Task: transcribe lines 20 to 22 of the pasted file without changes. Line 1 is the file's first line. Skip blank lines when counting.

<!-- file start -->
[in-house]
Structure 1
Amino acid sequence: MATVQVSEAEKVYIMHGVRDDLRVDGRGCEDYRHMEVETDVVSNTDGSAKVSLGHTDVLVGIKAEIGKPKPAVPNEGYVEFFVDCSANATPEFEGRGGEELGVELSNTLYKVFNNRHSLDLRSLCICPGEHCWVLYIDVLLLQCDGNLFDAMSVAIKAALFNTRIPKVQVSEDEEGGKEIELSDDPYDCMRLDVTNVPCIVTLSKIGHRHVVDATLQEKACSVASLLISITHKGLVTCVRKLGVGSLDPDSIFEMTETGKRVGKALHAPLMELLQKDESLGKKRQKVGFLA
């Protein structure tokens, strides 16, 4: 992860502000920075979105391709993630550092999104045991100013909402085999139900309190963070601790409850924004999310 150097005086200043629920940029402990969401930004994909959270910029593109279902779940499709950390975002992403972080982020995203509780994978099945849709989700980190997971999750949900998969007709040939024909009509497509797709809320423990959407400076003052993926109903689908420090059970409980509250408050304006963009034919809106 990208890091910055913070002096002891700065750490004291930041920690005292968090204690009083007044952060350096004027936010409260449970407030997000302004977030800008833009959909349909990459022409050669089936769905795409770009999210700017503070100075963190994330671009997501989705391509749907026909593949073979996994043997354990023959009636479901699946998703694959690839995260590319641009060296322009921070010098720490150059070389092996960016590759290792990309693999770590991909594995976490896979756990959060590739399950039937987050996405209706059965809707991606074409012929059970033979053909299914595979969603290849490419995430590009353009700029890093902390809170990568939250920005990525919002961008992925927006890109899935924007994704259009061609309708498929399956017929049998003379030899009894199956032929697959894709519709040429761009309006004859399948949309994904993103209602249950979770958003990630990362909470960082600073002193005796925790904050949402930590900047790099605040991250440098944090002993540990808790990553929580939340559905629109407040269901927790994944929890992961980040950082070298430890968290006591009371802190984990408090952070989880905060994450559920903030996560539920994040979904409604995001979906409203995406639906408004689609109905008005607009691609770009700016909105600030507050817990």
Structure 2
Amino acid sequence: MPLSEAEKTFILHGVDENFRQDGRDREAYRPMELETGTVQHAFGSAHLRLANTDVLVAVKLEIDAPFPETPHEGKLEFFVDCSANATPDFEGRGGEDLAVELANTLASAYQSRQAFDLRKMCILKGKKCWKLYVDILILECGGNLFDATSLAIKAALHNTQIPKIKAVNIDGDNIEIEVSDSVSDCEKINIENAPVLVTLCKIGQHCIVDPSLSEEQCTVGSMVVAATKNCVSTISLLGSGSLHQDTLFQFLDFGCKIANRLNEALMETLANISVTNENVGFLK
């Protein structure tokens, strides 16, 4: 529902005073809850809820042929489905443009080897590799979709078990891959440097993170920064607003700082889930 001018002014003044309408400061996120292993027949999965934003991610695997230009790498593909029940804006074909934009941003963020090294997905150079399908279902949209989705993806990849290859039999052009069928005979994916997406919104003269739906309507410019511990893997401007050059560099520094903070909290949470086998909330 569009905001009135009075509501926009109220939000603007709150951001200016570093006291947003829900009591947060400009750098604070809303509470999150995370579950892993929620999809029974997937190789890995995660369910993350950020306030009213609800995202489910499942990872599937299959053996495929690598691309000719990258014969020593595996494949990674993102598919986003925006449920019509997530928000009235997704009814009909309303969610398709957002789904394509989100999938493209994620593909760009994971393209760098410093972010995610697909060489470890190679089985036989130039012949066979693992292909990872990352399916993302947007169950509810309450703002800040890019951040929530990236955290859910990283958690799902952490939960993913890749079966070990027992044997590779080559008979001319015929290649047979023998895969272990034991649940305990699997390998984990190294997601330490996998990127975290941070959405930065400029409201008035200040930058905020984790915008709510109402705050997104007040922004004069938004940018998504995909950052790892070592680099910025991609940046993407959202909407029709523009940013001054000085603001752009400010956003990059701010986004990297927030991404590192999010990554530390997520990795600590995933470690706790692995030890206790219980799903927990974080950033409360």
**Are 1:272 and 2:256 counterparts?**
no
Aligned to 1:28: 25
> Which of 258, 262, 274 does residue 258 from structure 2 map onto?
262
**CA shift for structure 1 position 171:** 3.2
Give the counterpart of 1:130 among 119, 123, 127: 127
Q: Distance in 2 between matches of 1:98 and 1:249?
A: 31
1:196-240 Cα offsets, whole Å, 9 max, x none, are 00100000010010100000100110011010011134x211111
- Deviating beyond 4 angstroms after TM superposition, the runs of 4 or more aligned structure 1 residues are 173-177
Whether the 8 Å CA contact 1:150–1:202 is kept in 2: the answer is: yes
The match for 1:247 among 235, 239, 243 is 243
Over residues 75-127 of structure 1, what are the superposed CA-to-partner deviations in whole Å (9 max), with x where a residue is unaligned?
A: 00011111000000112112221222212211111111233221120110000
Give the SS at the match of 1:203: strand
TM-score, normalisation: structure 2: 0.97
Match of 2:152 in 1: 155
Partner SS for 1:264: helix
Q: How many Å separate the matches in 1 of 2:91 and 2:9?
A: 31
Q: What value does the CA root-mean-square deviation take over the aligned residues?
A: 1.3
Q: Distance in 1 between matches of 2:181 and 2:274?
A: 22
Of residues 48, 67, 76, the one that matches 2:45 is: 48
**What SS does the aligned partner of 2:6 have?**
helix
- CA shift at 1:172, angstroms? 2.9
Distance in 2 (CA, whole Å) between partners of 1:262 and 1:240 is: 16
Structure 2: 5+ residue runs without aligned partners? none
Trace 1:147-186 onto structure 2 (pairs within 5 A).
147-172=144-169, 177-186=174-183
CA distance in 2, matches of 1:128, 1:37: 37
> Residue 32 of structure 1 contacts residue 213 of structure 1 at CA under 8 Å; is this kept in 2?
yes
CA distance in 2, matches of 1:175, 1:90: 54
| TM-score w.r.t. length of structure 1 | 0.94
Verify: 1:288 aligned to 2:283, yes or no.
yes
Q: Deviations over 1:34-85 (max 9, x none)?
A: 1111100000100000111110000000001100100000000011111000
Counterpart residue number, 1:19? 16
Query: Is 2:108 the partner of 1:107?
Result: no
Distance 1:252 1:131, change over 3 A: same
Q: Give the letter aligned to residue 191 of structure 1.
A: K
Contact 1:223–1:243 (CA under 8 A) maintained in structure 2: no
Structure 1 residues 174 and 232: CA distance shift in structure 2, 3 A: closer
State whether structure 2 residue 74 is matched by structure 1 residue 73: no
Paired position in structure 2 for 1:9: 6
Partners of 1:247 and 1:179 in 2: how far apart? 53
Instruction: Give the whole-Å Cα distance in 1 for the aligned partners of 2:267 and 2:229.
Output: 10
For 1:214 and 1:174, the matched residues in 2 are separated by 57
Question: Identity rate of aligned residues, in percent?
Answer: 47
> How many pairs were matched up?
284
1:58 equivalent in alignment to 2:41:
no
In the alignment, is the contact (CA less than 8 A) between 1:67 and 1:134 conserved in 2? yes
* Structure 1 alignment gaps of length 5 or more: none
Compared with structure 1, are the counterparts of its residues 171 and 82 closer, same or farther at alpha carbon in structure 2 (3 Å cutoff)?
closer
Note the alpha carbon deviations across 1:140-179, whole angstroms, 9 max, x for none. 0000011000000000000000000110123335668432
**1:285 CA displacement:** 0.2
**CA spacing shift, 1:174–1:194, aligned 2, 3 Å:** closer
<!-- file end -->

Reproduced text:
The match for 1:247 among 235, 239, 243 is 243
Over residues 75-127 of structure 1, what are the superposed CA-to-partner deviations in whole Å (9 max), with x where a residue is unaligned?
A: 00011111000000112112221222212211111111233221120110000